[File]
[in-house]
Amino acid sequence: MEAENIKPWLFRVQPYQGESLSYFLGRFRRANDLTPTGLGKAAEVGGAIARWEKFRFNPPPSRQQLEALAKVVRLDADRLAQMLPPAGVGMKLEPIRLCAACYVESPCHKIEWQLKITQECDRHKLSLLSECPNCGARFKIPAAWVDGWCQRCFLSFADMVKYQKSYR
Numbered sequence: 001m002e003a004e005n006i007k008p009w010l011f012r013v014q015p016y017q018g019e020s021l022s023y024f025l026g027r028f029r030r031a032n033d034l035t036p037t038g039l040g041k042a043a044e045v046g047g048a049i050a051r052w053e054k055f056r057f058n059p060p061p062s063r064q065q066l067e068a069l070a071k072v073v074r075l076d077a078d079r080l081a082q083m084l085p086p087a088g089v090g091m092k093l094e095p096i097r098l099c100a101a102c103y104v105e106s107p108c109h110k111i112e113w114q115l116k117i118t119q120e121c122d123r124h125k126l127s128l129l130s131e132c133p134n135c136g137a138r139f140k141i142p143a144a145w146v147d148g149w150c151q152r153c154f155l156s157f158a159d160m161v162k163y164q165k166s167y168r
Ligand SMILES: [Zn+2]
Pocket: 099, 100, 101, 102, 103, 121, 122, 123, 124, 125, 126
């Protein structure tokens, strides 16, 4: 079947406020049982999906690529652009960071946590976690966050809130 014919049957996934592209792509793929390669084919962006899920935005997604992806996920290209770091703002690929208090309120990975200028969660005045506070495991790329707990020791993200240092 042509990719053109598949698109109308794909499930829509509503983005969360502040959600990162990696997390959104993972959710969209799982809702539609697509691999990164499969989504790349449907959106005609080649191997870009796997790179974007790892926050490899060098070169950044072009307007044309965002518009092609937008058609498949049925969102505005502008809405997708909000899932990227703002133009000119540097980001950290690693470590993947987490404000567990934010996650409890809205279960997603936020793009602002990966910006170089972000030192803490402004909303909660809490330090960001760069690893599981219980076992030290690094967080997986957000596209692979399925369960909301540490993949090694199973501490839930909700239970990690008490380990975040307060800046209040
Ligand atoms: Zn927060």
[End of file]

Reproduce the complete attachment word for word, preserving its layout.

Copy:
[in-house]
Amino acid sequence: MEAENIKPWLFRVQPYQGESLSYFLGRFRRANDLTPTGLGKAAEVGGAIARWEKFRFNPPPSRQQLEALAKVVRLDADRLAQMLPPAGVGMKLEPIRLCAACYVESPCHKIEWQLKITQECDRHKLSLLSECPNCGARFKIPAAWVDGWCQRCFLSFADMVKYQKSYR
Numbered sequence: 001m002e003a004e005n006i007k008p009w010l011f012r013v014q015p016y017q018g019e020s021l022s023y024f025l026g027r028f029r030r031a032n033d034l035t036p037t038g039l040g041k042a043a044e045v046g047g048a049i050a051r052w053e054k055f056r057f058n059p060p061p062s063r064q065q066l067e068a069l070a071k072v073v074r075l076d077a078d079r080l081a082q083m084l085p086p087a088g089v090g091m092k093l094e095p096i097r098l099c100a101a102c103y104v105e106s107p108c109h110k111i112e113w114q115l116k117i118t119q120e121c122d123r124h125k126l127s128l129l130s131e132c133p134n135c136g137a138r139f140k141i142p143a144a145w146v147d148g149w150c151q152r153c154f155l156s157f158a159d160m161v162k163y164q165k166s167y168r
Ligand SMILES: [Zn+2]
Pocket: 099, 100, 101, 102, 103, 121, 122, 123, 124, 125, 126
């Protein structure tokens, strides 16, 4: 079947406020049982999906690529652009960071946590976690966050809130 014919049957996934592209792509793929390669084919962006899920935005997604992806996920290209770091703002690929208090309120990975200028969660005045506070495991790329707990020791993200240092 042509990719053109598949698109109308794909499930829509509503983005969360502040959600990162990696997390959104993972959710969209799982809702539609697509691999990164499969989504790349449907959106005609080649191997870009796997790179974007790892926050490899060098070169950044072009307007044309965002518009092609937008058609498949049925969102505005502008809405997708909000899932990227703002133009000119540097980001950290690693470590993947987490404000567990934010996650409890809205279960997603936020793009602002990966910006170089972000030192803490402004909303909660809490330090960001760069690893599981219980076992030290690094967080997986957000596209692979399925369960909301540490993949090694199973501490839930909700239970990690008490380990975040307060800046209040
Ligand atoms: Zn927060």